drawing near, and all across America, children are getting ready... for
what could be their last Halloween. When a crazed man wanders into
Dr. Dan Chaliss' hospital, clutching a Halloween mask and raving about
people trying to kill him, Dan assumes the guy is nuts. But then
the man is gruesomely murdered and turned to a mysterious ash. With
the man's daughter, Ellie, Dan decides to investigate the man's last days.
The trail takes them to the spooky, remote town of Santa Mira, home of
the Silver Shamrock Novelties factory.
"You don't really
know much about Halloween. You thought no further than the strange custom of
having your children wear masks and go out begging for
- Conal Cochran
Almost universally hated for being such a digression from the much known
and loved Halloween movies, Halloween III comes along almost
like John Carpenter and Debra Hill, who produced it, are trying to sneak
up on audiences and show them something they weren't expecting. While it's
true that it has absolutely nothing to do with the two Michael Meyers slashers
that came before it other than the fact that we see commercials for the
original Halloween film on TV sets in this movie a couple times,
it's not true that this is one of the worst horror films ever made, as
I've heard it called very many times.
I first saw this movie in 1998, when I was in junior high school, and the
two things that I remember were bugs crawling out of the masks while they
were on peoples' heads and that god-awful music they played during the
Silver Shamrock commercials. So when I watched it again tonight I tried
to look at it as a separate film from the other Halloween movies,
because I think that it's association with them is a large part of why
so many people hate it. In a horror series that at the time of this writing
has spawned seven sequels, including this one, it's the one movie that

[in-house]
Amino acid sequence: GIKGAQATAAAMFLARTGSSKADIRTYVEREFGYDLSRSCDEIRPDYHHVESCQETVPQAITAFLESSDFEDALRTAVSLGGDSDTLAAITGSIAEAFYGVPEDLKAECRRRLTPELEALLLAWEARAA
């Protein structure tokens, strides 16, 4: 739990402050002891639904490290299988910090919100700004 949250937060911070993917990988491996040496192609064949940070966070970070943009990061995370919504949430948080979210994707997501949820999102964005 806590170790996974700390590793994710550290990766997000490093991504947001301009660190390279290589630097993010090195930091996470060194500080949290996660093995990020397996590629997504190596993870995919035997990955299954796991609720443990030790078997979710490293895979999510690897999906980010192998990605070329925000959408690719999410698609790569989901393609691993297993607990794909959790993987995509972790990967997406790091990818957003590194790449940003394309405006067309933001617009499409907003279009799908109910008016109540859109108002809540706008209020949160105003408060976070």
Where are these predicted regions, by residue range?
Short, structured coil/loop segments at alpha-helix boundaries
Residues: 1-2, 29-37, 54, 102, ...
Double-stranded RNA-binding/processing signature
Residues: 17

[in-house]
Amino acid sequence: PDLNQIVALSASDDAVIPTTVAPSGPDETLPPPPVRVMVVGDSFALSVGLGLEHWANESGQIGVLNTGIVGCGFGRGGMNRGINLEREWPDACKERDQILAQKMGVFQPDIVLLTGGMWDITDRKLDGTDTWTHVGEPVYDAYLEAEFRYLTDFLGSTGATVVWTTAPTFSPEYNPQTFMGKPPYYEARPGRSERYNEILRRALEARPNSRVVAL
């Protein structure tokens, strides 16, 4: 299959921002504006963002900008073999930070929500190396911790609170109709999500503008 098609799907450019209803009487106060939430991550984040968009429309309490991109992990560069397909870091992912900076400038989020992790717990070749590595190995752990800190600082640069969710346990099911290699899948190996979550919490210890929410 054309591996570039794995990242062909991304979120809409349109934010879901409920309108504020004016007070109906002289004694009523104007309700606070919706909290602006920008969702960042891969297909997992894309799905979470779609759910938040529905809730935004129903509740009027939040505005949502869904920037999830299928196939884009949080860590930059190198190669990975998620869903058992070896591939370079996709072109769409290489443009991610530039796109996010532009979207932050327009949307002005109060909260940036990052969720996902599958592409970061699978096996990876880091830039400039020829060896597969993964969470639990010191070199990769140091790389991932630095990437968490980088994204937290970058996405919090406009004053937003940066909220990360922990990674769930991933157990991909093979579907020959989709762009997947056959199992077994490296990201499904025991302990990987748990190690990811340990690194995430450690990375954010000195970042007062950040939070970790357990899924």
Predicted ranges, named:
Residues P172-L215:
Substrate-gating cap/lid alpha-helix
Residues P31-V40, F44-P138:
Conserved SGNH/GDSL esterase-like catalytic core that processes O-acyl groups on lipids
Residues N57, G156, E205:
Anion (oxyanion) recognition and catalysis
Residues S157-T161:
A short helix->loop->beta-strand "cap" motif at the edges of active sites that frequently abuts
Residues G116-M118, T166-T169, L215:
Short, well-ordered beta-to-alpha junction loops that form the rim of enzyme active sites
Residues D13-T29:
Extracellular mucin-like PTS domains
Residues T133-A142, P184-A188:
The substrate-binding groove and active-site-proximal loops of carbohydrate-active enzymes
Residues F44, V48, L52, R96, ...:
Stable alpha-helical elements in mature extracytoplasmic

simply doesn't belong. Unfortunately, even as a separate film, Halloween
III doesn't have much going for it.
Clearly, there was enough stock put into the disturbing nature of the crime
involved, since we are not given a reason for its existence. An elderly
toy maker has developed a scheme to sell masks rigged with secret electronic
devices, then on Halloween night at 9pm stage a Big Giveaway on TV, at
which point he will broadcast a special commercial I supposed reminiscent
of those commercials in Japan that are supposed to give you seizures. This
version will activate the electronic devices lodged in the masks and cause
them to somehow turn kids heads into piles of creepy crawlies.
What is the purpose behind this scheme? What does this guy hope to achieve?
And what the hell does Stonehenge have to do with anything? His hordes
of robotic assistants is at least explainable by his need for secrecy given
what he's really up to in that factory (and I imagine they have something
to do with his remarkable ability to essentially hold an entire town hostage
without even a single person leaving and complaining to authorities.
Early in the film, a guy runs frantically into a gas station asking for
help and is brought to a hospital to receive medical attention. Once there,
a well-dressed gentleman walks calmly into his hospital room and pulls